Reading List for the U.S. in World War I

As we move through the centenary of the U.S. experience in World War I, I've had several people ask me for book recommendations on the topic. Which is tough, because when someone generally asks me for recommendations my head goes blank and I mutter something about "Good Omens" (seriously, phenomenal book, nothing to do with …

In an American Cemetery in France: Thoughts on Memorial Day

A gentle breeze slipped past the gravestones near me, rustling the slim folds of the American flag overhead, tapping the fasteners against the pole in a metallic rhythm. Aside from our low voices, the soft sounds of insects and birds, and the occasional passing car, it was the only sound to be heard. We were …

We Were There Too: the US Army at Belleau Wood

Two days before the beginning of the Meuse-Argonne Campaign – the largest and bloodiest battle in American history – the New York Times ran a letter from an Army infantry officer who was then serving in France: The troops that took Vaux   An advertising agency is a good thing at times, but when the …

What Makes Us Forget Wars?

When someone mentions the "forgotten war" in the United States, they are usually referring to either the Korean War or World War I. Of all our large conflicts, these two seem to slip through the sieve of our collective national memory and fall into obscurity. Of our "big" wars, the Civil War and World War …

Thoughts While Reading World War I Rosters

Over the past few months, I've been spending a lot of time reading over World War I rosters, both unit and casualty reports. As I was going over them, I began to wonder how someone like me in the future would read my name on some roster. And then this just sort of happened. Pages …

World War I Stands as a Lesson Against a “Bloody Nose” Strike on North Korea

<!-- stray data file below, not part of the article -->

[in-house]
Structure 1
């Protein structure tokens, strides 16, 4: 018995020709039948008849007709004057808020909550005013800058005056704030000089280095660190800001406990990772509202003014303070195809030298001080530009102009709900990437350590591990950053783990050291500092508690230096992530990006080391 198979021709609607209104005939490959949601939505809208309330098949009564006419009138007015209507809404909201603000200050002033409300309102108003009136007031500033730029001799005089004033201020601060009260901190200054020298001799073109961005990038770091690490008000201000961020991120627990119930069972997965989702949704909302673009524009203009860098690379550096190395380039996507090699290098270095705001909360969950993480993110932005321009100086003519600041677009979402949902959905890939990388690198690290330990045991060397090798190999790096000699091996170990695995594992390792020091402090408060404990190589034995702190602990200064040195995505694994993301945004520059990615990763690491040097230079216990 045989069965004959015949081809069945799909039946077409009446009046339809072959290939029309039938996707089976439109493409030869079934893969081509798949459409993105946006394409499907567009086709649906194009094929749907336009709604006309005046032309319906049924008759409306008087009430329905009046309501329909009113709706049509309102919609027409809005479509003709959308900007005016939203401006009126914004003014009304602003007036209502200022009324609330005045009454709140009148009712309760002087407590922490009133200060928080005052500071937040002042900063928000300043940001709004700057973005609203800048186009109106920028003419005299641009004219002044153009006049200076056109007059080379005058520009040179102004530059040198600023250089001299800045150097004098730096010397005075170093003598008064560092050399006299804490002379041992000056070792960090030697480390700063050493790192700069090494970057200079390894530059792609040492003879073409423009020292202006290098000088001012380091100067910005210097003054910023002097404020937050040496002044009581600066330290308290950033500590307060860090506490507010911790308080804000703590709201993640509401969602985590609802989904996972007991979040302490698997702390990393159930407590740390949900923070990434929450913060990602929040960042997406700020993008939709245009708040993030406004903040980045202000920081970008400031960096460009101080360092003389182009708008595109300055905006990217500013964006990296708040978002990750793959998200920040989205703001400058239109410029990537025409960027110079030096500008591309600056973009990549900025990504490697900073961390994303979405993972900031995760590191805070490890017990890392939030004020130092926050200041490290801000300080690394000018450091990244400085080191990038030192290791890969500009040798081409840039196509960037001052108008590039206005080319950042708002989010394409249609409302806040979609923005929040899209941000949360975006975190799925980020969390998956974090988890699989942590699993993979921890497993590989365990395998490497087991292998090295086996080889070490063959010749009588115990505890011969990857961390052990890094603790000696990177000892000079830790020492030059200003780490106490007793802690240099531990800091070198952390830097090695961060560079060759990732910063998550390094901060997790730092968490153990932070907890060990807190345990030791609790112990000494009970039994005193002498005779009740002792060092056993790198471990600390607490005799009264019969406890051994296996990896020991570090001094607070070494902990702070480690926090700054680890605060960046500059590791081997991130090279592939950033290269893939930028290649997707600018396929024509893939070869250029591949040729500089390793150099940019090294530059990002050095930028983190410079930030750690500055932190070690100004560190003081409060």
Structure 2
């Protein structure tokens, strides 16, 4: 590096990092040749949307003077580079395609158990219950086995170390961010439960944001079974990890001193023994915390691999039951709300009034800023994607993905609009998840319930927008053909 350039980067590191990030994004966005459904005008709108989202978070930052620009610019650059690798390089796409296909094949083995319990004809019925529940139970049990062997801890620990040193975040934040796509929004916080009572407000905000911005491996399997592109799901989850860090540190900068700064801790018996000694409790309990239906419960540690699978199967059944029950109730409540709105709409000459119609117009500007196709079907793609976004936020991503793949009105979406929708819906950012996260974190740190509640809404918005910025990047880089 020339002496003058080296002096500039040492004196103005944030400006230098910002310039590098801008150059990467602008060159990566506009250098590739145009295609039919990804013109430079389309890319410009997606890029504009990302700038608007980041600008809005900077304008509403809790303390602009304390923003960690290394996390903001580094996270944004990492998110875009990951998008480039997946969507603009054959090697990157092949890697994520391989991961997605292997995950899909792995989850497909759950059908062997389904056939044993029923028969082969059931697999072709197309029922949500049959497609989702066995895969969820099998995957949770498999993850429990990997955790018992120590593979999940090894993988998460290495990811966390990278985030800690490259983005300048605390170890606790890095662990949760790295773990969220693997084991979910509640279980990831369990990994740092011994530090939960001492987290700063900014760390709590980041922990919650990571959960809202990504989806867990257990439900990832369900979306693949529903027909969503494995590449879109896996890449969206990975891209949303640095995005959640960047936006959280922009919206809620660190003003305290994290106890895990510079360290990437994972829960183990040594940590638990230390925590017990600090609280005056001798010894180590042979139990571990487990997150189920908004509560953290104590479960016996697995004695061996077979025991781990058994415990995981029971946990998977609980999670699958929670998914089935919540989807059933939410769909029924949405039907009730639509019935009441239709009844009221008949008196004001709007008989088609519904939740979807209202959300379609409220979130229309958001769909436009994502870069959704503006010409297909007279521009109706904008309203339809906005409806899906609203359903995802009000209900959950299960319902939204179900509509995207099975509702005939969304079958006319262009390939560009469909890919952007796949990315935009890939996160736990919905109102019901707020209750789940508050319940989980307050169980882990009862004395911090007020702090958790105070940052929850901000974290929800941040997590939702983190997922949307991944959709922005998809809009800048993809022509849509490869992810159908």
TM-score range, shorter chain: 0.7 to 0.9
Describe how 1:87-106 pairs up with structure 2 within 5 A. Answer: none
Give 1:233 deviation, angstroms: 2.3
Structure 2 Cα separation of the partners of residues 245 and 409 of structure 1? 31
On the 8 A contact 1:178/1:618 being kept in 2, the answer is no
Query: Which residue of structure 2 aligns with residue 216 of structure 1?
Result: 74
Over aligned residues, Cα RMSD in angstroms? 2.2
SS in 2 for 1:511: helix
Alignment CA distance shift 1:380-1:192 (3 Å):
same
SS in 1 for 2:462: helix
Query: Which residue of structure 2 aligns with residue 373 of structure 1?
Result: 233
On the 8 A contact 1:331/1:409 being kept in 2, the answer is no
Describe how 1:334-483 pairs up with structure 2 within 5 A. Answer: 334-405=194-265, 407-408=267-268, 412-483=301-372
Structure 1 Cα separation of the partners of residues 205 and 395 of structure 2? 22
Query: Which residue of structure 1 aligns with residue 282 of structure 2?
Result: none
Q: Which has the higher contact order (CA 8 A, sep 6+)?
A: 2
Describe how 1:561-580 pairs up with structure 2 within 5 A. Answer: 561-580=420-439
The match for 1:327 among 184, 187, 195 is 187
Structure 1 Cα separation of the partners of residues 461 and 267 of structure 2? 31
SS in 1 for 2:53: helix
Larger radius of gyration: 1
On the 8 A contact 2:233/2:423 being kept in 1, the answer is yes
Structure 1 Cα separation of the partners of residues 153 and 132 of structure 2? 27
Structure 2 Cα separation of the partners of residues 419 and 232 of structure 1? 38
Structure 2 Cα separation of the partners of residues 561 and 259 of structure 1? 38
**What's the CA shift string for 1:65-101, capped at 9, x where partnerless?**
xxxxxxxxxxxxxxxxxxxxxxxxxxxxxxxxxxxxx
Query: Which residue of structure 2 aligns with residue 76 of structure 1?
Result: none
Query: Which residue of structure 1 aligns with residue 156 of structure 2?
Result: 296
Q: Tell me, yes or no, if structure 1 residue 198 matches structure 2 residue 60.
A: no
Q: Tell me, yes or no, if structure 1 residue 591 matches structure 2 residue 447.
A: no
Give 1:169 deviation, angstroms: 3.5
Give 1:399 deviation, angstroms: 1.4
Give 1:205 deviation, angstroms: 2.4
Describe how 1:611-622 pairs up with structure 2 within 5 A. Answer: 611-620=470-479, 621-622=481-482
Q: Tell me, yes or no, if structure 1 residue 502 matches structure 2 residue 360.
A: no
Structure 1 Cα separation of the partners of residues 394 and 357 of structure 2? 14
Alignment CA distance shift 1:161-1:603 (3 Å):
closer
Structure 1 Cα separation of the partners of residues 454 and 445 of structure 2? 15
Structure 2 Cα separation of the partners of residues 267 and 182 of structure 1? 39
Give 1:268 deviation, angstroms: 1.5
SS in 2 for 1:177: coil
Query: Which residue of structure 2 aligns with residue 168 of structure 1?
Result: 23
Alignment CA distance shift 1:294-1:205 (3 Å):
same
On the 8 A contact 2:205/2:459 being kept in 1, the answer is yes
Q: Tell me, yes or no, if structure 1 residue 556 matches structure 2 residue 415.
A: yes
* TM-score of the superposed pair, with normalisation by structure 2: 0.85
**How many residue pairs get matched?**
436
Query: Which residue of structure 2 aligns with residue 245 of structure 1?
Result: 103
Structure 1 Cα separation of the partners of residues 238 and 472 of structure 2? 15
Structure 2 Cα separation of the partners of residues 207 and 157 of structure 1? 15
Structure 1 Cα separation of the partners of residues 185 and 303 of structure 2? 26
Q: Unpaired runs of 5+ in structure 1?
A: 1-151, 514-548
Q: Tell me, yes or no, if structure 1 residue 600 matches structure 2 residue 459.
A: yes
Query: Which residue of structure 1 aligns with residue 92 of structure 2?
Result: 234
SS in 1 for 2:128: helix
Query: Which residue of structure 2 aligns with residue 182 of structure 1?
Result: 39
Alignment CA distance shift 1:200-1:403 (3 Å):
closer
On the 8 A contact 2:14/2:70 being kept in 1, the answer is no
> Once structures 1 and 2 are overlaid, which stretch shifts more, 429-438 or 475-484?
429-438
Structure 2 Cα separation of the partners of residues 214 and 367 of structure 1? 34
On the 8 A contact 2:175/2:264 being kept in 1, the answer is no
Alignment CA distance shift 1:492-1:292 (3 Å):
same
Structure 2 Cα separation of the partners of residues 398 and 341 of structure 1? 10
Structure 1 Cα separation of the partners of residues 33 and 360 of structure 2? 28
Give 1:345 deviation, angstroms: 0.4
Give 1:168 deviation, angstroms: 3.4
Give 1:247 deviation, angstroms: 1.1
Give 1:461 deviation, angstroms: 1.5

How do you solve a problem like North Korea? This is the song that Pentagon planners have been singing for decades now. We’re told that there are plans to use a limited strike on a North Korean target that would send a message to the dictator that the U.S. isn’t playing around. A strike that …

Wonder Woman & the Great War: How WWI gets the Heroine it’s Always Needed

WARNING: SPOILERS FOLLOW Wonder Woman struck the big screen in a blaze of action and glory last week, depicting the heights to which people will go for each other - and the lows of which humanity is capable. The settings for the film could not have been more different - a paradise island where the …

How Experience in WWI brought the U.S. Army to Victory in WWII

We’re in the early months of the centennial of U.S. participation in World War I, the so-called, “War to end all wars.” With the vantage of 20/20 hindsight, we now know that rather than “making the world safe for democracy,” as Woodrow Wilson hoped, World War I instead set the stage for the next round …

Why 1866 Set the Stage for Two World Wars

When some search for the roots of the First World War, there is a tendency to look towards the Balkans. After all, it was the assassination of the Archduke Franz Ferdinand of the Austro-Hungarian Empire in Sarajevo in 1914 that precipitated the kick-off of the greatest and most deadly bar-brawl in the history of the …

” Look! Here are the Americans!” The U.S. in World War I and Popular Memory

One hundred years ago this week, the United States entered World War I. “Too late to make a difference!” say some, often British or Commonwealth. “Should never have joined it at all,” say others, usually non-interventionist Americans. “World war what?” say many, usually all other Americans. “Thank you,” say a great many, almost always French. No …